I killed a fox a few weeks ago.
I think that killing predators is probably a reality of keeping livestock. We can debate the morality of it, but if you intend to raise animals for food or livelihood, protecting them from human and non-human invaders is just part of the package. I keep a shotgun by the door. One morning when the chickens and the dogs were all raising a ruckus, I had occasion to use it.
It took me over an hour to skin. I wanted the face -- the ears, the nose. The pieces that make it unmistakably fox. Working outside in the bitter cold, I decided that I didn't want the paws enough to spend another hour coaxing them out. But what to do with it now? The dogs showed no interest in eating it whatsoever, disturbed, perhaps, by a fellow canine. We ended up mixing some pieces of meat into a stew with other ingredients. I can't stand to waste it, even though the consensus of most of the people I've spoken with is that fox meat is for vultures, not for people, or even dogs.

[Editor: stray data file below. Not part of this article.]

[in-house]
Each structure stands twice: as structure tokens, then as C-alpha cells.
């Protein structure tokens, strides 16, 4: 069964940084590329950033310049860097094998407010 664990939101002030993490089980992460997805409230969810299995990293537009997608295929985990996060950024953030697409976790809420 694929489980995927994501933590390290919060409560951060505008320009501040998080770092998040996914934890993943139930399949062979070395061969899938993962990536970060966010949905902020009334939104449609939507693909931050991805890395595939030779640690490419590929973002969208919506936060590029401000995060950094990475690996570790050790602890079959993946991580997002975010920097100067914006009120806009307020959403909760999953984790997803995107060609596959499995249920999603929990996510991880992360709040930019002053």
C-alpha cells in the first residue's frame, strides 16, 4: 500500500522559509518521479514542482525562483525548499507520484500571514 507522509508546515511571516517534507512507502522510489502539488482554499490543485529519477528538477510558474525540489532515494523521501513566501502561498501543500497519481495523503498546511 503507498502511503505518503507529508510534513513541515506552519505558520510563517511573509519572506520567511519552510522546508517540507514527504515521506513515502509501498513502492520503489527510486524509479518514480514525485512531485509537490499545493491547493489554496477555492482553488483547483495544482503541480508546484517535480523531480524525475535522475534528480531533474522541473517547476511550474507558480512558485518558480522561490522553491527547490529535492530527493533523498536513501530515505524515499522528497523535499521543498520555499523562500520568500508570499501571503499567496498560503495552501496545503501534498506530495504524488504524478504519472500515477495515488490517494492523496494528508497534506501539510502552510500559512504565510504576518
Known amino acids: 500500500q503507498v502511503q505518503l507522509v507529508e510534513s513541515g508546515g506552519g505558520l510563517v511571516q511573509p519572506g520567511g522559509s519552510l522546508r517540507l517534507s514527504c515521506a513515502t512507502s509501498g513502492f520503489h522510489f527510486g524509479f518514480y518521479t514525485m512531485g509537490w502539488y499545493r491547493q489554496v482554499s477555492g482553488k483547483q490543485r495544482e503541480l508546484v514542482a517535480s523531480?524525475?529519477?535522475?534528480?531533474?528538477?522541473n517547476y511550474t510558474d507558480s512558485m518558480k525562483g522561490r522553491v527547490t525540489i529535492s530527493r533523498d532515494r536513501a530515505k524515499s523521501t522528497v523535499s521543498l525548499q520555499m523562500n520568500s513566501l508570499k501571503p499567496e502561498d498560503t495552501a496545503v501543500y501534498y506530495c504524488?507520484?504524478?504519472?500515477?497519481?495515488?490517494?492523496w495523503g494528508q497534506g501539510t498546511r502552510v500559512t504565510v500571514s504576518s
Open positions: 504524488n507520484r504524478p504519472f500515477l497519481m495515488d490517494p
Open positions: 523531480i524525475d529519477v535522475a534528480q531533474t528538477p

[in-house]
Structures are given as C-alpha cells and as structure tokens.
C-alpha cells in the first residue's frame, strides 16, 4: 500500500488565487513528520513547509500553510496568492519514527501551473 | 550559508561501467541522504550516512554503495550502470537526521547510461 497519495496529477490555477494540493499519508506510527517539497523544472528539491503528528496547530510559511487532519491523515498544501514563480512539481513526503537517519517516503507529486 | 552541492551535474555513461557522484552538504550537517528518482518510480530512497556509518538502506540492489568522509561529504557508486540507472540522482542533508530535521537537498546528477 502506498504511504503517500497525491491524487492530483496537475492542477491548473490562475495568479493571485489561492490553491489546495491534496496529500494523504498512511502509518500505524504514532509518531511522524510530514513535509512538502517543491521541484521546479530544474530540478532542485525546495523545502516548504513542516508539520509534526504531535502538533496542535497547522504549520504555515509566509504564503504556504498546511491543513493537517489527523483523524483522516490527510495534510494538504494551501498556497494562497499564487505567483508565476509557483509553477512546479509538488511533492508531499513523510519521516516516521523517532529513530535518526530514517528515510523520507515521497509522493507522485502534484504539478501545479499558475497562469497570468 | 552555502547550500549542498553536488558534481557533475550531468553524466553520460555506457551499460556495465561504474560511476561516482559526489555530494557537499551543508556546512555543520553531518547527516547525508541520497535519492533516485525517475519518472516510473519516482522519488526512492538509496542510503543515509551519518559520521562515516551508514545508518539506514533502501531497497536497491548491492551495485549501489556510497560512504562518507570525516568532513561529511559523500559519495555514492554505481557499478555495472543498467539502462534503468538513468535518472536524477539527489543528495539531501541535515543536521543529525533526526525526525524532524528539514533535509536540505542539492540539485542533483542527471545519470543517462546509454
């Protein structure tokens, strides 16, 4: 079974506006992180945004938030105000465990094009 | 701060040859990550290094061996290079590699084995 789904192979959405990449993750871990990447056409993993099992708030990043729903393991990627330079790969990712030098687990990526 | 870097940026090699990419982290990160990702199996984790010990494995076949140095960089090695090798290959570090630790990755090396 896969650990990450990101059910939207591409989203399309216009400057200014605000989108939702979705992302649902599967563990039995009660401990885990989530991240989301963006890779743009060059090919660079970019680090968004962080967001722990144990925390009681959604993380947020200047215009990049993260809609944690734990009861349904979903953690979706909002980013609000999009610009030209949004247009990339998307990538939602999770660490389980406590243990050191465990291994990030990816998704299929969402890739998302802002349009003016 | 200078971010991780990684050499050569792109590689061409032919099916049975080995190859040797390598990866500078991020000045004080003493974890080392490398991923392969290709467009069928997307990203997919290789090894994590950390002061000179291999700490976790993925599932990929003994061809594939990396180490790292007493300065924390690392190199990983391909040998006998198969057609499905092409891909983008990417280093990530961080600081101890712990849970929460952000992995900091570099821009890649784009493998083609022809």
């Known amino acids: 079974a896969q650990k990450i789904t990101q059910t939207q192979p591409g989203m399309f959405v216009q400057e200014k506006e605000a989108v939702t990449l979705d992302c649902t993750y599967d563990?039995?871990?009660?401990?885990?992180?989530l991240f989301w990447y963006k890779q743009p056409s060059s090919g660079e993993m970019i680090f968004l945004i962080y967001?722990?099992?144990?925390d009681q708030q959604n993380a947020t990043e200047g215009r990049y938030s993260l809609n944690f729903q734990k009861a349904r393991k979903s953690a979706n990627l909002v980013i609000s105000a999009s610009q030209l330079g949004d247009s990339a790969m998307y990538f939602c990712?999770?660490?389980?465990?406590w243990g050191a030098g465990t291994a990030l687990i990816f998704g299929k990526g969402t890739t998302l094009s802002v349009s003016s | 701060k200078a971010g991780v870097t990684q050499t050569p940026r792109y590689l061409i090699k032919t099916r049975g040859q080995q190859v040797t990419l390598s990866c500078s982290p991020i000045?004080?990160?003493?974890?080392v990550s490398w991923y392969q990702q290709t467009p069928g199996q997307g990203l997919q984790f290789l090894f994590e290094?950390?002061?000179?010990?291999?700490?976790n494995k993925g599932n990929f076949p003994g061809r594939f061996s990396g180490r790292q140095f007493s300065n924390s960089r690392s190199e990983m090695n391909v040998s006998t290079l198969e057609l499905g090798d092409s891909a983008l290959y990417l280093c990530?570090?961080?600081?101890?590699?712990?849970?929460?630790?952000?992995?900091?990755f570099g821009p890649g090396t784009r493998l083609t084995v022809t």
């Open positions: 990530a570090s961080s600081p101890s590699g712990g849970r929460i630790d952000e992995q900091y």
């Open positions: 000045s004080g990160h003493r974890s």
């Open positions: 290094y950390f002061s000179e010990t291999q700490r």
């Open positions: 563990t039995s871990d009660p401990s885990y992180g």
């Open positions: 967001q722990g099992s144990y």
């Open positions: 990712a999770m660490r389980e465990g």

Now I'm left with a very nice, thick red pelt. And I have to say, I've haven't yet figured out a method for tanning that I consider to be reliable. I'd rather experiment techniques with something less rare than a winter red fox. So for now, I've just salted it. This is the same method I used on a coyote skin about six years ago, and that skin seems to be holding up well. It has very little smell to it, and has not rotted. The only drawback to the salting is that it remains hard and brittle -- not something you'd want to make mittens out of. But for something that will probably just hang on the wall and look cool, like this fox, it's fine. Just make sure you use plenty of salt.